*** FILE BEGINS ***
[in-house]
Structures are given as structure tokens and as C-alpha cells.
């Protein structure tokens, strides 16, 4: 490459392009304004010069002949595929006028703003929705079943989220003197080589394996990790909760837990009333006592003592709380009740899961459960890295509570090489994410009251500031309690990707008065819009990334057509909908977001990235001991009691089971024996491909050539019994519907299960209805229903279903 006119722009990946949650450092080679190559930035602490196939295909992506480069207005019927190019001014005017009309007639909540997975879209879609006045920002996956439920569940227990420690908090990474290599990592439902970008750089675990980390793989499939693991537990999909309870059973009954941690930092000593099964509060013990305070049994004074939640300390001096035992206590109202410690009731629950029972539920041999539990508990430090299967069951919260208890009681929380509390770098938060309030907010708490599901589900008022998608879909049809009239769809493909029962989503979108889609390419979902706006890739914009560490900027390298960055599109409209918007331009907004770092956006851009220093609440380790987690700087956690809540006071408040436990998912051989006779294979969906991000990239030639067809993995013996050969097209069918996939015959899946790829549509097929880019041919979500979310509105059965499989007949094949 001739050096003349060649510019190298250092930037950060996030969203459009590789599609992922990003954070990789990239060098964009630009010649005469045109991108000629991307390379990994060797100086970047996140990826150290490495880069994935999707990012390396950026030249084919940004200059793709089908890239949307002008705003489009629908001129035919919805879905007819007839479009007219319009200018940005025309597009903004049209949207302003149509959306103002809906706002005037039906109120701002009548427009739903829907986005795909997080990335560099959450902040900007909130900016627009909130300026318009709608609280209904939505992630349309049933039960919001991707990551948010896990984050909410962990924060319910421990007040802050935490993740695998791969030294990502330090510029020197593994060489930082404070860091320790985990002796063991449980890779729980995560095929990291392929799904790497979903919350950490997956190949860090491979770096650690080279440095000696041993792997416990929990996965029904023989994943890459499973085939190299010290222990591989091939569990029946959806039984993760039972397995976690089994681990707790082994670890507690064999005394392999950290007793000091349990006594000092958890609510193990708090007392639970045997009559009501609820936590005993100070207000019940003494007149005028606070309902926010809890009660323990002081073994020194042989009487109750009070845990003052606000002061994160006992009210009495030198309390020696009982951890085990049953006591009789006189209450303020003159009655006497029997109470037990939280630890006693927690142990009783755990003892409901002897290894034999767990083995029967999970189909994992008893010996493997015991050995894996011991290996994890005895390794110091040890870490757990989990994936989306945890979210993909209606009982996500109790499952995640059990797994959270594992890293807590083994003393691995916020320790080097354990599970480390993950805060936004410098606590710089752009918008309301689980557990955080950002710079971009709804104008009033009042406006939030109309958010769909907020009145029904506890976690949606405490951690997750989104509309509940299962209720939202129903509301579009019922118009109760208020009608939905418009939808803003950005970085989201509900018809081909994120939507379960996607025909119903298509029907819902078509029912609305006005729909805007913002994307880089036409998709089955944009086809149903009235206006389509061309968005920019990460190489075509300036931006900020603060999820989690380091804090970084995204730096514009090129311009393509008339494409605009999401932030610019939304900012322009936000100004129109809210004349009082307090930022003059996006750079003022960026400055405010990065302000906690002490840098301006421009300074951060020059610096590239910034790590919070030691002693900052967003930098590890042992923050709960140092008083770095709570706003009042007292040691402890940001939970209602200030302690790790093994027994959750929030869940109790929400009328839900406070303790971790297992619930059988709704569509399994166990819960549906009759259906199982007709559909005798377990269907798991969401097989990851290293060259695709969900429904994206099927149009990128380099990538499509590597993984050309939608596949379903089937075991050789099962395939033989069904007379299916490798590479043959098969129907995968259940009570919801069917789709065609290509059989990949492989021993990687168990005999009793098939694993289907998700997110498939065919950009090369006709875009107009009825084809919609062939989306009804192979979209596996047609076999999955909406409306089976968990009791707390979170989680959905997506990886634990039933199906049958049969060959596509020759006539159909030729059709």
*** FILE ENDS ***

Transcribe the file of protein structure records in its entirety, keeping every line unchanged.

[in-house]
Structures are given as structure tokens and as C-alpha cells.
């Protein structure tokens, strides 16, 4: 490459392009304004010069002949595929006028703003929705079943989220003197080589394996990790909760837990009333006592003592709380009740899961459960890295509570090489994410009251500031309690990707008065819009990334057509909908977001990235001991009691089971024996491909050539019994519907299960209805229903279903 006119722009990946949650450092080679190559930035602490196939295909992506480069207005019927190019001014005017009309007639909540997975879209879609006045920002996956439920569940227990420690908090990474290599990592439902970008750089675990980390793989499939693991537990999909309870059973009954941690930092000593099964509060013990305070049994004074939640300390001096035992206590109202410690009731629950029972539920041999539990508990430090299967069951919260208890009681929380509390770098938060309030907010708490599901589900008022998608879909049809009239769809493909029962989503979108889609390419979902706006890739914009560490900027390298960055599109409209918007331009907004770092956006851009220093609440380790987690700087956690809540006071408040436990998912051989006779294979969906991000990239030639067809993995013996050969097209069918996939015959899946790829549509097929880019041919979500979310509105059965499989007949094949 001739050096003349060649510019190298250092930037950060996030969203459009590789599609992922990003954070990789990239060098964009630009010649005469045109991108000629991307390379990994060797100086970047996140990826150290490495880069994935999707990012390396950026030249084919940004200059793709089908890239949307002008705003489009629908001129035919919805879905007819007839479009007219319009200018940005025309597009903004049209949207302003149509959306103002809906706002005037039906109120701002009548427009739903829907986005795909997080990335560099959450902040900007909130900016627009909130300026318009709608609280209904939505992630349309049933039960919001991707990551948010896990984050909410962990924060319910421990007040802050935490993740695998791969030294990502330090510029020197593994060489930082404070860091320790985990002796063991449980890779729980995560095929990291392929799904790497979903919350950490997956190949860090491979770096650690080279440095000696041993792997416990929990996965029904023989994943890459499973085939190299010290222990591989091939569990029946959806039984993760039972397995976690089994681990707790082994670890507690064999005394392999950290007793000091349990006594000092958890609510193990708090007392639970045997009559009501609820936590005993100070207000019940003494007149005028606070309902926010809890009660323990002081073994020194042989009487109750009070845990003052606000002061994160006992009210009495030198309390020696009982951890085990049953006591009789006189209450303020003159009655006497029997109470037990939280630890006693927690142990009783755990003892409901002897290894034999767990083995029967999970189909994992008893010996493997015991050995894996011991290996994890005895390794110091040890870490757990989990994936989306945890979210993909209606009982996500109790499952995640059990797994959270594992890293807590083994003393691995916020320790080097354990599970480390993950805060936004410098606590710089752009918008309301689980557990955080950002710079971009709804104008009033009042406006939030109309958010769909907020009145029904506890976690949606405490951690997750989104509309509940299962209720939202129903509301579009019922118009109760208020009608939905418009939808803003950005970085989201509900018809081909994120939507379960996607025909119903298509029907819902078509029912609305006005729909805007913002994307880089036409998709089955944009086809149903009235206006389509061309968005920019990460190489075509300036931006900020603060999820989690380091804090970084995204730096514009090129311009393509008339494409605009999401932030610019939304900012322009936000100004129109809210004349009082307090930022003059996006750079003022960026400055405010990065302000906690002490840098301006421009300074951060020059610096590239910034790590919070030691002693900052967003930098590890042992923050709960140092008083770095709570706003009042007292040691402890940001939970209602200030302690790790093994027994959750929030869940109790929400009328839900406070303790971790297992619930059988709704569509399994166990819960549906009759259906199982007709559909005798377990269907798991969401097989990851290293060259695709969900429904994206099927149009990128380099990538499509590597993984050309939608596949379903089937075991050789099962395939033989069904007379299916490798590479043959098969129907995968259940009570919801069917789709065609290509059989990949492989021993990687168990005999009793098939694993289907998700997110498939065919950009090369006709875009107009009825084809919609062939989306009804192979979209596996047609076999999955909406409306089976968990009791707390979170989680959905997506990886634990039933199906049958049969060959596509020759006539159909030729059709």